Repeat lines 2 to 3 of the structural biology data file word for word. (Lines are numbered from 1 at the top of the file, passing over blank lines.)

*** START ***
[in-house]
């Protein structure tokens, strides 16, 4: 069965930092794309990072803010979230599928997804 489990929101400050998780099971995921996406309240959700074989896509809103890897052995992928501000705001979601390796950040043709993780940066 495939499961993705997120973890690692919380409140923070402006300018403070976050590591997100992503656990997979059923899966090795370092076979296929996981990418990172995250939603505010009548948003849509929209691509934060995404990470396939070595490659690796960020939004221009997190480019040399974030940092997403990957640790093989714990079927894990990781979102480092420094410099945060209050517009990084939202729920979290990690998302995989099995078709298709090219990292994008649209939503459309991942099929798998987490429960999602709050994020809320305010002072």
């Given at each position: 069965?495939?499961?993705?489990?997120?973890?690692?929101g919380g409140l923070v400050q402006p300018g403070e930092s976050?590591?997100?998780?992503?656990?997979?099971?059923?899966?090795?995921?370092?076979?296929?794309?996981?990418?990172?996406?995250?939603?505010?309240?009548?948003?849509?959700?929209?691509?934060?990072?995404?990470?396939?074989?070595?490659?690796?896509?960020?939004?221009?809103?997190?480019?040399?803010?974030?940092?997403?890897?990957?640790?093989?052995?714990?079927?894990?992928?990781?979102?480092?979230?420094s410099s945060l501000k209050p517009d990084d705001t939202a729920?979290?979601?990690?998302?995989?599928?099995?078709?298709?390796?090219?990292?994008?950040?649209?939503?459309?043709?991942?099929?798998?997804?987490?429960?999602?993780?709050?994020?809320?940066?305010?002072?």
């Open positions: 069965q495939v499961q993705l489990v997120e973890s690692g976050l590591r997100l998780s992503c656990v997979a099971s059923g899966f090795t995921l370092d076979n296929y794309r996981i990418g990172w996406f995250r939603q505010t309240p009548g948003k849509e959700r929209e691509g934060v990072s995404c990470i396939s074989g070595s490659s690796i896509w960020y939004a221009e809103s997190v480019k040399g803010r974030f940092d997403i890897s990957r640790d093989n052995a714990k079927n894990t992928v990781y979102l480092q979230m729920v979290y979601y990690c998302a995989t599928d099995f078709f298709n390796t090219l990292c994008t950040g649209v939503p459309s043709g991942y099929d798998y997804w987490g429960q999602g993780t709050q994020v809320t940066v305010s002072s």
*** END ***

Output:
């Protein structure tokens, strides 16, 4: 069965930092794309990072803010979230599928997804 489990929101400050998780099971995921996406309240959700074989896509809103890897052995992928501000705001979601390796950040043709993780940066 495939499961993705997120973890690692919380409140923070402006300018403070976050590591997100992503656990997979059923899966090795370092076979296929996981990418990172995250939603505010009548948003849509929209691509934060995404990470396939070595490659690796960020939004221009997190480019040399974030940092997403990957640790093989714990079927894990990781979102480092420094410099945060209050517009990084939202729920979290990690998302995989099995078709298709090219990292994008649209939503459309991942099929798998987490429960999602709050994020809320305010002072």
């Given at each position: 069965?495939?499961?993705?489990?997120?973890?690692?929101g919380g409140l923070v400050q402006p300018g403070e930092s976050?590591?997100?998780?992503?656990?997979?099971?059923?899966?090795?995921?370092?076979?296929?794309?996981?990418?990172?996406?995250?939603?505010?309240?009548?948003?849509?959700?929209?691509?934060?990072?995404?990470?396939?074989?070595?490659?690796?896509?960020?939004?221009?809103?997190?480019?040399?803010?974030?940092?997403?890897?990957?640790?093989?052995?714990?079927?894990?992928?990781?979102?480092?979230?420094s410099s945060l501000k209050p517009d990084d705001t939202a729920?979290?979601?990690?998302?995989?599928?099995?078709?298709?390796?090219?990292?994008?950040?649209?939503?459309?043709?991942?099929?798998?997804?987490?429960?999602?993780?709050?994020?809320?940066?305010?002072?």